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It is commonly thought that they are bowing to either Mr Speaker or to the Mace, which lies during sittings of the house in the chamber in one of two brackets inbetween the entrance and the speaker, according to whether or not the house is in committee. This is said to be a show of respect to one or the other. In actuality, the practice began when the Commons sat in St. Stephen's Chapel. Members bowed to the altar. The altar, being raised up on some steps, was also where the speaker's chair was located. The practice of bowing, over the roughly 300 years in which the Commons sat in the Chapel, came to be misunderstood as bowing to the speaker. It was therefore resumed when the new chamber opened, with members bowing to the speaker.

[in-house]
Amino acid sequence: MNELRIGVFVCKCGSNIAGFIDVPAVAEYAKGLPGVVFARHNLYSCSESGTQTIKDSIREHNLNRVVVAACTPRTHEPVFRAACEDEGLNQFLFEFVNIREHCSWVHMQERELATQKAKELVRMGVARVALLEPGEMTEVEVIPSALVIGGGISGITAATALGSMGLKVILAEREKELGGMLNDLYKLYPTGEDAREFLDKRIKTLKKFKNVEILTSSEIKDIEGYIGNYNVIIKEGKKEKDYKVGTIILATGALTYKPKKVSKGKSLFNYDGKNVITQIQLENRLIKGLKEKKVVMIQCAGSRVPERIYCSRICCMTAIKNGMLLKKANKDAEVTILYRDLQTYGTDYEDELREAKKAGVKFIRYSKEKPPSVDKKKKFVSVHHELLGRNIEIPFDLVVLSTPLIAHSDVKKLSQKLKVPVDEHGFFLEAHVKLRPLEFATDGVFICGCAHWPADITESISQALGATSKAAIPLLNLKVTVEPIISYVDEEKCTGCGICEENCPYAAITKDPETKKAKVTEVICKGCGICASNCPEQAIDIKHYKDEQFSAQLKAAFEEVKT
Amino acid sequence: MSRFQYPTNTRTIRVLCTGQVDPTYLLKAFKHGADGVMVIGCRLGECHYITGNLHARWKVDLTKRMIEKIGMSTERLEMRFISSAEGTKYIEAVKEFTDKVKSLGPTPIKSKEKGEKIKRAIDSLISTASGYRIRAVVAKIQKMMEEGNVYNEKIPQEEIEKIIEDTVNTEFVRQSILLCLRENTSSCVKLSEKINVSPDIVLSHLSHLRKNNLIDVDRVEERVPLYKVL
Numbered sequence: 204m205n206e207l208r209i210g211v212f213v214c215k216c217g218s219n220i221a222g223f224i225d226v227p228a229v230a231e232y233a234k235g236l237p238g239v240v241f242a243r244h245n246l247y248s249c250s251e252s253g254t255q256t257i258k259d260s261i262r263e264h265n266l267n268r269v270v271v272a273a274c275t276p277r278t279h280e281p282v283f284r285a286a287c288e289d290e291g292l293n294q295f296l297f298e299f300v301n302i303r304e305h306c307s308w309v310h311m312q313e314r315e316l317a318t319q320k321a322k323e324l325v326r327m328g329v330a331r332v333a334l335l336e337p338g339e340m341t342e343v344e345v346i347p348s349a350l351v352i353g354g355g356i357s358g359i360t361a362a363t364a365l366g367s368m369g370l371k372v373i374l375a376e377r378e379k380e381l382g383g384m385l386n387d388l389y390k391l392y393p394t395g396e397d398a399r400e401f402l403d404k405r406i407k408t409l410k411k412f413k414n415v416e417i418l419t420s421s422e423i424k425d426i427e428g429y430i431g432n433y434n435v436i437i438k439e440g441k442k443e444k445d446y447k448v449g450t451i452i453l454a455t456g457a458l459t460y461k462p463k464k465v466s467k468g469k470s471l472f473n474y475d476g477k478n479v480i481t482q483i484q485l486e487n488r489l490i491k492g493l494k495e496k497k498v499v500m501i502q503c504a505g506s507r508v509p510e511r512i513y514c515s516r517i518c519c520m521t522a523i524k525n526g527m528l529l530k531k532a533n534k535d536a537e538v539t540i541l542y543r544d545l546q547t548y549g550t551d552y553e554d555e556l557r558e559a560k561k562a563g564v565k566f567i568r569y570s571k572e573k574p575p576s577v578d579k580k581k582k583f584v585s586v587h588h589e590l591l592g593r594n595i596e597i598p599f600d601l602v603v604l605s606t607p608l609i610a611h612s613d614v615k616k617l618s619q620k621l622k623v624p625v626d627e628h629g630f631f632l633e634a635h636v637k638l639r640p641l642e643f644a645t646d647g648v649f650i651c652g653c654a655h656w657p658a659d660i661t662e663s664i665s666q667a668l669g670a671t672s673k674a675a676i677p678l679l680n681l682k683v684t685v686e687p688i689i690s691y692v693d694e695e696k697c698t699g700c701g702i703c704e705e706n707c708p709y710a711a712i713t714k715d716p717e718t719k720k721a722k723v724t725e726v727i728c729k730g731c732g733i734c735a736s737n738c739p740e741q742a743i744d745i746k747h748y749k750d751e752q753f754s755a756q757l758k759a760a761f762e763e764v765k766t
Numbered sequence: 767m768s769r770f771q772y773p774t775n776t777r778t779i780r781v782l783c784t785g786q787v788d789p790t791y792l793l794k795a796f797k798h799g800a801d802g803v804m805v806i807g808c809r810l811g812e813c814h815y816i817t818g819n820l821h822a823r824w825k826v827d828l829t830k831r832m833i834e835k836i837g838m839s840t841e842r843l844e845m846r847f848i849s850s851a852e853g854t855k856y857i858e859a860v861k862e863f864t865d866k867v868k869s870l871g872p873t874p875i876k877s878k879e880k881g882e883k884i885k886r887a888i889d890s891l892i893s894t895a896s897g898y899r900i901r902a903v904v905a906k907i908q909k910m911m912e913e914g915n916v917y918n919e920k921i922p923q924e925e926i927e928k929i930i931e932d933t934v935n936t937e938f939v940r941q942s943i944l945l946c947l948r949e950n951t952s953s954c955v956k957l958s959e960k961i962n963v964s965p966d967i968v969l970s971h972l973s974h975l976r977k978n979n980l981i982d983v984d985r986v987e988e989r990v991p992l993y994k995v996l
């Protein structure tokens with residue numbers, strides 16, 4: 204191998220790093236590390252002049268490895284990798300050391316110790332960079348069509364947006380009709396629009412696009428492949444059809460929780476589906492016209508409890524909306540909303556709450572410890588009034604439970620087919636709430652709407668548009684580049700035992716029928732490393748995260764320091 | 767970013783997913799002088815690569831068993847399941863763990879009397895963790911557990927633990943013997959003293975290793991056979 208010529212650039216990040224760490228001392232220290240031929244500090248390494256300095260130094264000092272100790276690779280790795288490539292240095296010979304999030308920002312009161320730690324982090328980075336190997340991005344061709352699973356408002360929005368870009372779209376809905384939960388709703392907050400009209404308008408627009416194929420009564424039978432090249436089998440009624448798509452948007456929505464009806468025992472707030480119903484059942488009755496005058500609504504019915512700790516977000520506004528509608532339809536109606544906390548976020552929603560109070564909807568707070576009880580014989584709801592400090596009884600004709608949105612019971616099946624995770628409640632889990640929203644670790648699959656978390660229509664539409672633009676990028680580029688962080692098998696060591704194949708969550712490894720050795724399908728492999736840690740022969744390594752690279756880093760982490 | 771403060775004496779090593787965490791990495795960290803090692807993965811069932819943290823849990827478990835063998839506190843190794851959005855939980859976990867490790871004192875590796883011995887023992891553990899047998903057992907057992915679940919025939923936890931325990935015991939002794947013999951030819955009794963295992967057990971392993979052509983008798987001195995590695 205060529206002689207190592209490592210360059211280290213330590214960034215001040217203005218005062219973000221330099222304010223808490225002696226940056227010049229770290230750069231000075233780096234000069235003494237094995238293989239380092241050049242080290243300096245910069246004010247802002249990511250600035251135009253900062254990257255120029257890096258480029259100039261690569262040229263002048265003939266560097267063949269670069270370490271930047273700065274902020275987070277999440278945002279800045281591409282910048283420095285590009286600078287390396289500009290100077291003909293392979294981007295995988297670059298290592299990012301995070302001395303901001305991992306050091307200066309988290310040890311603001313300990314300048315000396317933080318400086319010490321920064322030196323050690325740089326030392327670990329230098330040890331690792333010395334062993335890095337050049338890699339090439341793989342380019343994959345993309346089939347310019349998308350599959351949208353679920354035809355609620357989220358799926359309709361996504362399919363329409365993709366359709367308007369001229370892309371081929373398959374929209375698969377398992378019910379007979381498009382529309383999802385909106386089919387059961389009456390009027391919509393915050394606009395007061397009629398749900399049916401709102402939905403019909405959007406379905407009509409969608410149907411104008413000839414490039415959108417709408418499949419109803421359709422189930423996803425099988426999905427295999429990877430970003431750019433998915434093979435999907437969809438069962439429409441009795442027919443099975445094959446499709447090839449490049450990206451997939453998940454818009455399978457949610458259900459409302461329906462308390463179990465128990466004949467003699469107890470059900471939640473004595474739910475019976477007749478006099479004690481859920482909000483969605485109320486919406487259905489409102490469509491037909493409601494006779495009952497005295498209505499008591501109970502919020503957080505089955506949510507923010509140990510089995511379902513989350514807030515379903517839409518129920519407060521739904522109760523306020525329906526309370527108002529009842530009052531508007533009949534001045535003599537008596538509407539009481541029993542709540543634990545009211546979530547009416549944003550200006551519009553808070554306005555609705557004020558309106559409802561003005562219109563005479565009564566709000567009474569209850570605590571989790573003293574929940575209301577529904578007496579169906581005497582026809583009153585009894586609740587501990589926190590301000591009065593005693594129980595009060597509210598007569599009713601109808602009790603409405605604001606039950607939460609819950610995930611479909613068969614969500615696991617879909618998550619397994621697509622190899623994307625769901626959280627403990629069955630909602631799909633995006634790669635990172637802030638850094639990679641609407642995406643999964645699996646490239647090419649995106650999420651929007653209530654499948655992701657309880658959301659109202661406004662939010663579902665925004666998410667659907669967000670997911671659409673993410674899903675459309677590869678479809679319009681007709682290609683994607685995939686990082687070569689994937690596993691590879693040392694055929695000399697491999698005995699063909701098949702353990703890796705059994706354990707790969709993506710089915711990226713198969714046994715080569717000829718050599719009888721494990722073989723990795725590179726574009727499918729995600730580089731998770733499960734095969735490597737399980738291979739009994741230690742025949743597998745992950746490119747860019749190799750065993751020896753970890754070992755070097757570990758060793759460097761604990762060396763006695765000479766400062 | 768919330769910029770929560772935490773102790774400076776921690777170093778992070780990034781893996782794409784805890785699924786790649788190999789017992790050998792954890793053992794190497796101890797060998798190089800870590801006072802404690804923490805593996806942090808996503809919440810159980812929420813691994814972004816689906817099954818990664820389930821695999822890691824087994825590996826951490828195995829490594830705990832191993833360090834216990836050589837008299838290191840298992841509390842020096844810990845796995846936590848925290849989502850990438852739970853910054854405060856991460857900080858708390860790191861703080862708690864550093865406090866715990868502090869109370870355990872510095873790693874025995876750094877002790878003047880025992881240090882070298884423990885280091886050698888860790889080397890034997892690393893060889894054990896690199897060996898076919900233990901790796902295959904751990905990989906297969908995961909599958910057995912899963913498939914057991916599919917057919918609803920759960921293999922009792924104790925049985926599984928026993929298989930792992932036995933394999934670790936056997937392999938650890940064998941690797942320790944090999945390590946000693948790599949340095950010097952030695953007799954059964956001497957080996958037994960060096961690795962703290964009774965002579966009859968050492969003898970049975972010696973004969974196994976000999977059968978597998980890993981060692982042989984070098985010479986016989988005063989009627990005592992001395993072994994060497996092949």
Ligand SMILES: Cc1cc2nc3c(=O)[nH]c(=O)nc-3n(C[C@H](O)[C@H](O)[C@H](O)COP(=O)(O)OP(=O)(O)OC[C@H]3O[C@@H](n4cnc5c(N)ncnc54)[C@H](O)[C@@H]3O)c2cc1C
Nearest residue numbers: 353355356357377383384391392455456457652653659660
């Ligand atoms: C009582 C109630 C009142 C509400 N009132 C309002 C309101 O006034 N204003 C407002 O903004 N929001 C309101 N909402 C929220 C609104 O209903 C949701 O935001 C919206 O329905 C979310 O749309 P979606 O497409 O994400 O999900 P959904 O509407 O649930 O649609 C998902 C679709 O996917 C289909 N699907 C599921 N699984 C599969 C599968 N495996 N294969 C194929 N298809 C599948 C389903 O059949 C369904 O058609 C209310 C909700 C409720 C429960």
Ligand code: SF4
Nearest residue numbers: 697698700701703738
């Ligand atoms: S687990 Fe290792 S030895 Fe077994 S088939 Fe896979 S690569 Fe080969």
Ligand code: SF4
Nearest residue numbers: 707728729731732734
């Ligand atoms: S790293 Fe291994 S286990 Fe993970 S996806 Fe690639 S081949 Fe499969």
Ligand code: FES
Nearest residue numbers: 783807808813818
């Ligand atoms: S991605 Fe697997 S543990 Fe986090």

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Q: Why do mps bow when the leave the house of commons?
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